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A peek inside Mike McEnearney's new restaurant
Written by
Alyx Gorman

It was tough not to feel a little bereft when Kitchen by Mike shut its doors last year. Queuing up for the canteen's fresh, lush salads and crusty hunks of bread, then sitting in the sunshine as you tucked in was a true Sydney pleasure. 

Now, Mike McEnearney's back behind the burners, or to be more accurate, he's in front of a huge wood-fired oven which sits right in the middle of his new venture No. 1 Bent Street's wide open kitchen. No. 1 Bent Street is the sleek city slicker to Kitchen by Mike's country mouse, but the food remains hearty and wholesome, with a focus on fresh vegetables and comfort-food flavours.

We were particularly taken with the tart, vividly pink beetroot and rhubarb salad, served with ponzu sauce. There's also – because this is Sydney, and apparently we're obsessed with it now – rotisserie chicken, and a classic fish pie. McEnearney's particularly excited about the pie, "It's something I could never have done at Kitchen by Mike," he told the room at the restaurant's preview night. When the pie comes out of the oven it's gorgeous, but take out a few slices and you're left with a hot mess – all be it an edible one. The more controlled, formal environment of a restaurant allows for individual portions of the pretty dish.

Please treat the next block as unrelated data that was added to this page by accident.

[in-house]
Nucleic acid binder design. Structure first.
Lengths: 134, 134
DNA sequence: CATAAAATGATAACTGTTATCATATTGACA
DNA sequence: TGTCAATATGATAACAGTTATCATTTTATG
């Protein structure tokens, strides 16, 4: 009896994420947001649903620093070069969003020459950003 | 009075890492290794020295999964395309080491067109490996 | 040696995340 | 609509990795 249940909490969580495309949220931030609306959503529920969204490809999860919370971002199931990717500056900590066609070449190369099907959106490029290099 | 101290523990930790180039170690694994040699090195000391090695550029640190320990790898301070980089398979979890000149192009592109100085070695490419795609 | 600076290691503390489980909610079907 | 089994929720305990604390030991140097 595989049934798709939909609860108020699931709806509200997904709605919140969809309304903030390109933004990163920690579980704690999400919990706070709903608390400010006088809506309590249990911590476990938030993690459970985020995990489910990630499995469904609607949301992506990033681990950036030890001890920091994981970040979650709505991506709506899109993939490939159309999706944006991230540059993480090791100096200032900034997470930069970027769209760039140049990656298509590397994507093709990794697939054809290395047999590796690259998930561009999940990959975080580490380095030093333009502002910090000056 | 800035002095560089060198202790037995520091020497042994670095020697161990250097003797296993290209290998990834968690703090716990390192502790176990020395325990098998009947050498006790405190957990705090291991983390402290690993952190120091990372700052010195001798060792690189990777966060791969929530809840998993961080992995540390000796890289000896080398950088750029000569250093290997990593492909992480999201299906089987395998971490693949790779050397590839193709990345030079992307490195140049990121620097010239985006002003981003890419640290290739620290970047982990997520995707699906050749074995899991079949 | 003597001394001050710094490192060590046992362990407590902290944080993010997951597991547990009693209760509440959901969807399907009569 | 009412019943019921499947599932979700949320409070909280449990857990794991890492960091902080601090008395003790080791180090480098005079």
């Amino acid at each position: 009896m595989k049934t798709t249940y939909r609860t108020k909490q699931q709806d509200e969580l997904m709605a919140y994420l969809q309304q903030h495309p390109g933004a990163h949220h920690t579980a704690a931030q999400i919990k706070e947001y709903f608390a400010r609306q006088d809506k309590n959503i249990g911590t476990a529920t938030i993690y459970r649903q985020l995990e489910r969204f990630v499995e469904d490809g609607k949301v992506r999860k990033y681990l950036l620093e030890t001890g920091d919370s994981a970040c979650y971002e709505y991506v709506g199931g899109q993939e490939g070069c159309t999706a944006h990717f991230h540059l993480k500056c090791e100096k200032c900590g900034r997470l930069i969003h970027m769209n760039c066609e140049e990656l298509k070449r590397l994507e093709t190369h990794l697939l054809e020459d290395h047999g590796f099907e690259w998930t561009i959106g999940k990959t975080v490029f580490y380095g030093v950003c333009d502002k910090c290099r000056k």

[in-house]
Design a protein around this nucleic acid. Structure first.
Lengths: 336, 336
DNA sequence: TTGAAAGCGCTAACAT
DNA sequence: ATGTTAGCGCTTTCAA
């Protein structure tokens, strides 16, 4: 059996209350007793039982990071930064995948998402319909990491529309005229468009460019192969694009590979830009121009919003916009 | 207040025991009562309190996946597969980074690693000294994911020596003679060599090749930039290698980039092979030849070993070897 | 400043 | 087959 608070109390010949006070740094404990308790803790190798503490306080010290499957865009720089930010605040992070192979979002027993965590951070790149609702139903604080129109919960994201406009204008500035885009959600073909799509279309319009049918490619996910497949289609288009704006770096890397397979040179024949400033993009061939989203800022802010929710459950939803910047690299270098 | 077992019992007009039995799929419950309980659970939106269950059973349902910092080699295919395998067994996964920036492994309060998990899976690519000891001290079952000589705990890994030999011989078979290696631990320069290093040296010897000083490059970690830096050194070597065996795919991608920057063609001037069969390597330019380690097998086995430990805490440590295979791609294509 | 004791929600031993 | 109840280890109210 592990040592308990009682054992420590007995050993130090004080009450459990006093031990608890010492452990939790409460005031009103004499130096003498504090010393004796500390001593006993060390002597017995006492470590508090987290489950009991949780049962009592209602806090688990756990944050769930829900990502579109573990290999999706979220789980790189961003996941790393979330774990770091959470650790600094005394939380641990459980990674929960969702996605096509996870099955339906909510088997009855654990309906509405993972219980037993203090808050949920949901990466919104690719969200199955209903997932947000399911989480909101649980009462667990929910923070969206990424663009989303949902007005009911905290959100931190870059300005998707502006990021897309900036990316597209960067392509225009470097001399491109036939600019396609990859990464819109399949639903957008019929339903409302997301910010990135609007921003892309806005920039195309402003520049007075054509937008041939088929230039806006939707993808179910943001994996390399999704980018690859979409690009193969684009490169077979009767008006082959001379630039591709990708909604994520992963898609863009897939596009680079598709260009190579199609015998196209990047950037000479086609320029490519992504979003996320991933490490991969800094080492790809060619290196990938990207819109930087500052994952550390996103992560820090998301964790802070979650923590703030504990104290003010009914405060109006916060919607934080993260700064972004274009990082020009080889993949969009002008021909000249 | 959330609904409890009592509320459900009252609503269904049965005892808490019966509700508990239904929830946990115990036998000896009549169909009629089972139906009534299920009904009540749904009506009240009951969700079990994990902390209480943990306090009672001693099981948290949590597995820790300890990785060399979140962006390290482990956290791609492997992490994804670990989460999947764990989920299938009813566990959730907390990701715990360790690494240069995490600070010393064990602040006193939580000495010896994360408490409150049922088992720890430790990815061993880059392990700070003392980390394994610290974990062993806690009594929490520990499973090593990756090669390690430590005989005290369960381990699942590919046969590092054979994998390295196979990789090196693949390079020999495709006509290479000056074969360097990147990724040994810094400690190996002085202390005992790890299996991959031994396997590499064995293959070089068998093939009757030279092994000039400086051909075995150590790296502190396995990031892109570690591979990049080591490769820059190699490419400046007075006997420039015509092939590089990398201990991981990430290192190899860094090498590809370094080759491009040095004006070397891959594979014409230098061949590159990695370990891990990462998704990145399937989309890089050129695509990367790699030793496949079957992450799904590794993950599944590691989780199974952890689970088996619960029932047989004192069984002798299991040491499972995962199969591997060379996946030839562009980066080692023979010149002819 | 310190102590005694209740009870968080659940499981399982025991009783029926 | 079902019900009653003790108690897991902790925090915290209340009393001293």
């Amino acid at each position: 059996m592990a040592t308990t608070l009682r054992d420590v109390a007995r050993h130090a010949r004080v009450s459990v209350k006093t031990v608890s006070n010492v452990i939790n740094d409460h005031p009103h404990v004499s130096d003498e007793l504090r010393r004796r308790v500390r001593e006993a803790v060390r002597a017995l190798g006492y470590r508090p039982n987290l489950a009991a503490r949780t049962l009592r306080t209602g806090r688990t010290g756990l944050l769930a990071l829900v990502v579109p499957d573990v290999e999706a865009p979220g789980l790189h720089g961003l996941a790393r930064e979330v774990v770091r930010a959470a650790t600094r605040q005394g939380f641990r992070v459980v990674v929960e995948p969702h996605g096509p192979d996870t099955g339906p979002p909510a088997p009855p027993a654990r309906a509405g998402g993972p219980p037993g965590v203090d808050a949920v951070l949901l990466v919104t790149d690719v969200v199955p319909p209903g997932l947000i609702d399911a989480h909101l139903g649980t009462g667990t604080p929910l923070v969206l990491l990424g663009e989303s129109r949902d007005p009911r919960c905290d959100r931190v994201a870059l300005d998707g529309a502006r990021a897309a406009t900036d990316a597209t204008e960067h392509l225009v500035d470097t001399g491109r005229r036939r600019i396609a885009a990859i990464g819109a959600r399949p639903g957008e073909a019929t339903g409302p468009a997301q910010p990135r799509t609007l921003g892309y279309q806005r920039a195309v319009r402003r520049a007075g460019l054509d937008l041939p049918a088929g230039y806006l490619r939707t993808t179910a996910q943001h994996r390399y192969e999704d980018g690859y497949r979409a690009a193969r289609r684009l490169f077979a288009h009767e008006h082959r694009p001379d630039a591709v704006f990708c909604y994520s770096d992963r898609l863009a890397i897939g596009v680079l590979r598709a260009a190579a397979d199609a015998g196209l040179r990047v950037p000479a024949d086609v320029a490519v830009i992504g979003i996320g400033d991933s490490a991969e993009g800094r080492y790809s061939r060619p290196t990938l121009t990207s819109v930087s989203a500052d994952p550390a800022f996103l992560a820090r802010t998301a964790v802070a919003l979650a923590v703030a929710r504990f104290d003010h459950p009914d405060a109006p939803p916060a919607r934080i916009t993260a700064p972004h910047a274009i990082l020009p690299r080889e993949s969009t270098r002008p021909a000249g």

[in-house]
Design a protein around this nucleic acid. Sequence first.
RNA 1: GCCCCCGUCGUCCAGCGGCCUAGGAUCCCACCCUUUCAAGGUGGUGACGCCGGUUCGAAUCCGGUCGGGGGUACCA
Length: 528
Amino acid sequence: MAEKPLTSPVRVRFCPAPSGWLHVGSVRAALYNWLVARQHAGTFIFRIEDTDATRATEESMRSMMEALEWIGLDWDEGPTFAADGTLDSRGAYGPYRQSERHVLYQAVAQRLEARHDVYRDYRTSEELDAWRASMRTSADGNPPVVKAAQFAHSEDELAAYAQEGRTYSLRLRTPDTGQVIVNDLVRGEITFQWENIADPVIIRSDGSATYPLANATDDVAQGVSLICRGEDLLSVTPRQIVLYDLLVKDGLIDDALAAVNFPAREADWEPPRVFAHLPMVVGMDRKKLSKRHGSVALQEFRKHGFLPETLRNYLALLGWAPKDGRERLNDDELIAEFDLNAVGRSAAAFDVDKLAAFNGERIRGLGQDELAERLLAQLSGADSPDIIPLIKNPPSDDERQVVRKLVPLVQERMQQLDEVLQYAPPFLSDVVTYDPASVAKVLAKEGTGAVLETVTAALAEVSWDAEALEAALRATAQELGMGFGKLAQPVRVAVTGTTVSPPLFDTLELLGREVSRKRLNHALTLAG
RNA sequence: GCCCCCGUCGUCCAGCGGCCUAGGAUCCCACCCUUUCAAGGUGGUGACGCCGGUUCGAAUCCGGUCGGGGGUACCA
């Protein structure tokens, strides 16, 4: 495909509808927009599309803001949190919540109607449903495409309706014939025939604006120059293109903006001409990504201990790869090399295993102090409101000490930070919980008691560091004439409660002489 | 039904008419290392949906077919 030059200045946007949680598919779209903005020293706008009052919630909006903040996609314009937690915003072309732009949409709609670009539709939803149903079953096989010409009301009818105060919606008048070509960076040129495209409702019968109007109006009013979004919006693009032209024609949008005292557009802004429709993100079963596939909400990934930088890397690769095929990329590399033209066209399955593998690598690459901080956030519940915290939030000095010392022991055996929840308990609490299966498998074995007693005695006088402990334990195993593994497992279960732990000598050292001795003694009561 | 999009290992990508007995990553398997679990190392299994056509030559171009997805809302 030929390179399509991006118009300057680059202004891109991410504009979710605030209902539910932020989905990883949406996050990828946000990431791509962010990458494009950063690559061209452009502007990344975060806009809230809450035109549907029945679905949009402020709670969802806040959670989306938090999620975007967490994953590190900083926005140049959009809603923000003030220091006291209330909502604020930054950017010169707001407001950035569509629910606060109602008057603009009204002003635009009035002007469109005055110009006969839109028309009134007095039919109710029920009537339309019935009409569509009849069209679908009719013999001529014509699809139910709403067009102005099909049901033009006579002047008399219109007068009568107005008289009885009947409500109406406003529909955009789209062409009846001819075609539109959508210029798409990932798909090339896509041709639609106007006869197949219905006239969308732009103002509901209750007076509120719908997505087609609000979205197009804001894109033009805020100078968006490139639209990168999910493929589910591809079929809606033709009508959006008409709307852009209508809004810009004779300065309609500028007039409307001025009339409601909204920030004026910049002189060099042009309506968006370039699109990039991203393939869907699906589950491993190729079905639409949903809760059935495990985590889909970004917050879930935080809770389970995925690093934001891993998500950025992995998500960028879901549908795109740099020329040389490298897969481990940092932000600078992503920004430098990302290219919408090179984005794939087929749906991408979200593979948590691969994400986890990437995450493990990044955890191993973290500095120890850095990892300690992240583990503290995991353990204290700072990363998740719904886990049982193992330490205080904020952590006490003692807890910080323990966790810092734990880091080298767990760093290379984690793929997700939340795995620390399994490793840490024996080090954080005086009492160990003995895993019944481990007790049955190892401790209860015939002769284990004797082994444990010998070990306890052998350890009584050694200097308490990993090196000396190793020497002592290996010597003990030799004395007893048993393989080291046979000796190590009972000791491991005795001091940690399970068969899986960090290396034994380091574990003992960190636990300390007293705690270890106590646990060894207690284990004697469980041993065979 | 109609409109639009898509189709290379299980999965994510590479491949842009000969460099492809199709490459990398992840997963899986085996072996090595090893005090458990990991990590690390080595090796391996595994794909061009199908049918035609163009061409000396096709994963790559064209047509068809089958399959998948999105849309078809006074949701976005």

A wide view of the tables and open kitchen at No. 1 Bent St.

Photograph: Supplied

Though it may seem humble, one of the highlights of the menu is a rice pudding, served with tangy jam and hunks of crunchy honeycomb. It's almost custardy in texture and so powerfully spiked with vanilla bean, the flavour holds up even when you add the intense accoutrements. The whole thing tastes like a perfumed hug, and it may well be Sydney's next cult dessert. 

It'd be easy for No. 1 Bent St to look like a lobby – technically, it kind of is – but thanks to thoughtful design from Matt Darwon, the space feels bright and airy, with a slightly rustic finish. When we visited, you could still smell the timber treatment on the large wooden tables. The floors are poured concrete, but thanks to a striated Tasmanian oak ceiling, the venue isn't overly loud or echoey. 

It may be upscale from Kitchen by Mike, but so far, it feels just as warm. 

This is a preview, not a review. We attended No. 1 Bent St as a guest of the restaurant. Time Out's full, anonymous review will be published soon. 

Rice pudding with jam and honey comb at No. 1 Bent St.

Photograph: Supplied

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